I had plans for a scintillatingly witty and complex intro paragraph (I know, first time for everything, right?) but a fire alarm in the building and an impending train departure requires that I go for speed over wit. So I’m just going to do a round of my usual intro subjects: the weather (sustained glorious weather in England, a sign of the impending apocalypse – some suggest July 13 for some reason); the cricket (Bangladesh trying very hard to be as bad as any team can manage); and LeBron James (now a Laker, and even more amazingly, playing with a man who once blew into his ear in an attempt to distract him – watch it, it’s even better than it sounds).
- The first shots have finally been fired in the Trade War on Everyone; it’s going to take months or even years to tell who loses (spoiler: everyone), but it’s a very good time to talk about what the global economy looks like right now. Planet Money do it beautifully by taking an iconic product: the American Flag (transcript). You can guess where this is going. All those flags you see being waved at the MAGA rallies? Made in China. The MAGA hats? Made in China. The guy who runs the factory making them? Bought a car manufactured in the US, designed in Germany. Trade wars in a global economy that looks like this are like getting your friends, families and acquaintances together for a barbecue, filling the sprinkler system with hydrochloric acid and then turning it on. At some point, everyone is going to get hurt.
- So, an apology in advance. This week’s links involve me bigging up two friends, but I should stress: they deserve it. First up is Dan Honig, who came and spoke at DFID recently. Duncan Green writes up a glowing review of his new book Navigation by Judgement. Dan’s research is important because he’s one of a relatively small group of people doing rigourous work that looks at how bureaucracies can perform difficult functions better. The answers are not necessarily the way we’re moving, either.
- Secondly, one I missed last week: Young 1ove, an NGO co-founded by another friend Noam Angrist, showing what it means to take evidence seriously (parts one and two). They agreed a plan with donors and partner Governments which set out what evidence would be considered robust and rigourous enough to scale up their HIV-reduction intervention nationally, and then ran a strong RCT to see how well it met those tests. It fell short, so all the parties involved agreed that it shouldn’t go to scale in that form; instead they’ve gone back to their theory of change to work out what went wrong and why. It’s hard to stress what a great example this is. The key was the early commitment by all parties as to what ‘success’ should look like.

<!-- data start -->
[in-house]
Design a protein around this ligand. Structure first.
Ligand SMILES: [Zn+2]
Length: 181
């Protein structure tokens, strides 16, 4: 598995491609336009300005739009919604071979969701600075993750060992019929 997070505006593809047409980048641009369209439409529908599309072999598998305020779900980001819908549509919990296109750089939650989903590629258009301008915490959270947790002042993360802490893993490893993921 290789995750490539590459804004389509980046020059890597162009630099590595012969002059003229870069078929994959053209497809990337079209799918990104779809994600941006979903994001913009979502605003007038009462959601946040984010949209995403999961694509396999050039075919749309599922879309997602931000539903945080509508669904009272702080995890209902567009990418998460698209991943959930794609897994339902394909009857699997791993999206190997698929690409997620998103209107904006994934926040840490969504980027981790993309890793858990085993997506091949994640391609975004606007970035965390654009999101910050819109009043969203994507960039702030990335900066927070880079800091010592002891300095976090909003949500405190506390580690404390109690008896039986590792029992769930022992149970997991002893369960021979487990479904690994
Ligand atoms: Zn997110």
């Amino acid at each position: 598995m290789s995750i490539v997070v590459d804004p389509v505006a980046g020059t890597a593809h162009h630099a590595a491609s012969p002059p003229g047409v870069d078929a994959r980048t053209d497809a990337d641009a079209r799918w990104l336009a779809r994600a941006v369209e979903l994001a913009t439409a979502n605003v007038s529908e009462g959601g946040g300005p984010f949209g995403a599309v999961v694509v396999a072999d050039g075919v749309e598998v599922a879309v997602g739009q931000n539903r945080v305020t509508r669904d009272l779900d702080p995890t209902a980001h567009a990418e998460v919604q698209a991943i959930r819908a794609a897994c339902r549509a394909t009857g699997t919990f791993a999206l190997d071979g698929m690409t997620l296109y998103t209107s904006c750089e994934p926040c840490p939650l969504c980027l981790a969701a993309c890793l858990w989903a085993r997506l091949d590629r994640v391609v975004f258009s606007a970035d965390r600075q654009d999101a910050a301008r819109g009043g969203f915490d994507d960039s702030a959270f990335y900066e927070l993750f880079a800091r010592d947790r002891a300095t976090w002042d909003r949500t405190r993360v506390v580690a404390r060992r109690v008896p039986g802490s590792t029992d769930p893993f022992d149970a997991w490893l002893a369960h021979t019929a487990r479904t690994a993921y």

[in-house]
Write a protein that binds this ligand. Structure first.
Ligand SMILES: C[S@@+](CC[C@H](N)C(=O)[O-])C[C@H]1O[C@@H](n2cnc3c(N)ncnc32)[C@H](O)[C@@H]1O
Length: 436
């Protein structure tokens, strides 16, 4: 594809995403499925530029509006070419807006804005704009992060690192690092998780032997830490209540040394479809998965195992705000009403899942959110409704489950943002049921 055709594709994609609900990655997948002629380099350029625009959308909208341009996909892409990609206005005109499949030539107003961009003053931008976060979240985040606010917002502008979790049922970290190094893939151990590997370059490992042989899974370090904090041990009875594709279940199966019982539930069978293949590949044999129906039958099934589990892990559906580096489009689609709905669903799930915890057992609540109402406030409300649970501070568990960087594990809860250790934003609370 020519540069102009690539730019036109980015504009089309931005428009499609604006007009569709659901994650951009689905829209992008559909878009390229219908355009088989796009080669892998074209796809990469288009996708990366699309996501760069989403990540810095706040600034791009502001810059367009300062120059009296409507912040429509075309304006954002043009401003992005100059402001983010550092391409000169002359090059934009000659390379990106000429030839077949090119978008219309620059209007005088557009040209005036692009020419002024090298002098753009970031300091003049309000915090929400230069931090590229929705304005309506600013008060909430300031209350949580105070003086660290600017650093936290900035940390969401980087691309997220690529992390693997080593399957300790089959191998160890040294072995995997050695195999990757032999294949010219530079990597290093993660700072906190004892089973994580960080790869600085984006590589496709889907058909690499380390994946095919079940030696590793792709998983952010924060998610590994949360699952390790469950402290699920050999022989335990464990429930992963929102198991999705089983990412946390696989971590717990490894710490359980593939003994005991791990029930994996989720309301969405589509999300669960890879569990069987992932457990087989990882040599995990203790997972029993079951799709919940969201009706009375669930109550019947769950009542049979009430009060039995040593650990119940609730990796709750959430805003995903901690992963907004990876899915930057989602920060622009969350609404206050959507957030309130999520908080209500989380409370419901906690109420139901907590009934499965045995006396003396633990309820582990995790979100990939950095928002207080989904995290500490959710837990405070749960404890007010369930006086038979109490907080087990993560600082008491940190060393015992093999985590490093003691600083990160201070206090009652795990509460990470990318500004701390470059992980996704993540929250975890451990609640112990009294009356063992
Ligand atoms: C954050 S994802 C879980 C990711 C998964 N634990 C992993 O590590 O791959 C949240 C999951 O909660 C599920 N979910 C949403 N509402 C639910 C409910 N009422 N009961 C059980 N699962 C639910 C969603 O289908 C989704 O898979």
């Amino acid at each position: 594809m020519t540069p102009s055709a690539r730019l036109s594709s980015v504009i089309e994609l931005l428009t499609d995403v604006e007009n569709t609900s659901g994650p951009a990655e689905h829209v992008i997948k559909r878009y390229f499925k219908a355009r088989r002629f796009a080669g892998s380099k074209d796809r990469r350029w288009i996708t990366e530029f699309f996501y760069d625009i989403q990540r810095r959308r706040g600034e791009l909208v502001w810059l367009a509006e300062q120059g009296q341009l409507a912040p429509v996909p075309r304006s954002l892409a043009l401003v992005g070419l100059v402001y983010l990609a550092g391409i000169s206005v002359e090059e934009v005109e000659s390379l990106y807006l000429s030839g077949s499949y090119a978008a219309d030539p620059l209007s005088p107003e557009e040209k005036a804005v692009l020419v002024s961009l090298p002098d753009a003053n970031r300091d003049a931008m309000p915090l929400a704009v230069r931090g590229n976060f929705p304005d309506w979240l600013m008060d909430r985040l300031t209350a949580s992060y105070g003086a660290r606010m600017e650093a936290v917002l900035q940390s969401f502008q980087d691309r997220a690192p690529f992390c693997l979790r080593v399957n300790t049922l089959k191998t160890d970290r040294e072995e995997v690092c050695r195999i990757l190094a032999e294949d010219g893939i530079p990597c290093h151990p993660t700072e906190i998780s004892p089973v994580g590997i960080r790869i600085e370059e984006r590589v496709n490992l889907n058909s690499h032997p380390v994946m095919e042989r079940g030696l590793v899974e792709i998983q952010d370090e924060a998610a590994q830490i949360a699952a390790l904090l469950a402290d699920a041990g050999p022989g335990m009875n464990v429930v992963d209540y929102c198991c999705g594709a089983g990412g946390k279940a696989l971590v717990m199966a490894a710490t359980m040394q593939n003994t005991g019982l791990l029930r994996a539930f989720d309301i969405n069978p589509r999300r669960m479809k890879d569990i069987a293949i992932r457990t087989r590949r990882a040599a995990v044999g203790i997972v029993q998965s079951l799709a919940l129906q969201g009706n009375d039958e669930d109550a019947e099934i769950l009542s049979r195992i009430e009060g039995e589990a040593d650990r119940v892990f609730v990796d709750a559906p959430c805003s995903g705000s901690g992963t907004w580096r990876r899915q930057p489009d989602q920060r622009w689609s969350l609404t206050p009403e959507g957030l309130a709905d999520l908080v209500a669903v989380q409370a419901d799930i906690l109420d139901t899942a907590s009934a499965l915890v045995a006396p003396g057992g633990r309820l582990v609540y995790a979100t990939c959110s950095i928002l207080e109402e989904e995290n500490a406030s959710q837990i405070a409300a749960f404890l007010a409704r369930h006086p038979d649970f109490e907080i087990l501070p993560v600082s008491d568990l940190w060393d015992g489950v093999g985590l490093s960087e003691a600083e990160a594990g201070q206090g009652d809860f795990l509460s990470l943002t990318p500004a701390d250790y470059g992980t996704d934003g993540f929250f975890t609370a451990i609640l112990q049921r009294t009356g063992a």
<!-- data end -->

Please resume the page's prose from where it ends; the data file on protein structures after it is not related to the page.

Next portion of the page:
- One of the clearest signs of FiveThirtyEight’s enormous superiority to most other media outlets is the fact that they have a ‘File Under: Meta-Science’ category on their website. This week, their brilliant lead science writer Christie Aschwanden looks at the liberal skew of psychology. It’s kind of incredible: only 6% (out of 500 surveyed) identify as conservative, and more than one-third expressed a willingness to discriminate against conservative colleagues in hiring decisions. That’s incredibly worrying.
- Tim Harford on a genuinely intriguing and radical idea: using auction markets and complete asset listings to both equate demand and supply more closely and tax wealth. Think about it for a few minutes and you’ll start seeing problems, but it’s a genuinely innovative idea.
- Is this the best paper title ever? I haven’t read it, but Alex Evans pointed this out to me and it has to be in contention: “’A Diamond is Forever’ and Other Fairy Tales: The Relationship Between Wedding Expenses and Marriage Duration”. It still doesn’t beat this one (Figure 2 is the best thing that the internet has ever produced, btw), but it’s up there.
- Lastly, three pieces of marginalia: natural justice in action (lions eat poachers edition); FiveThirtyEight dig into which teams waste the most time in the World Cup (for all the borderline xenophobia in the British press, England are fifth, and Brazil actually play faster once they’ve taken a lead rather than waste time); and using Pareto efficiency to choose the optimal Mario Kart character.
Have a great weekend, everyone!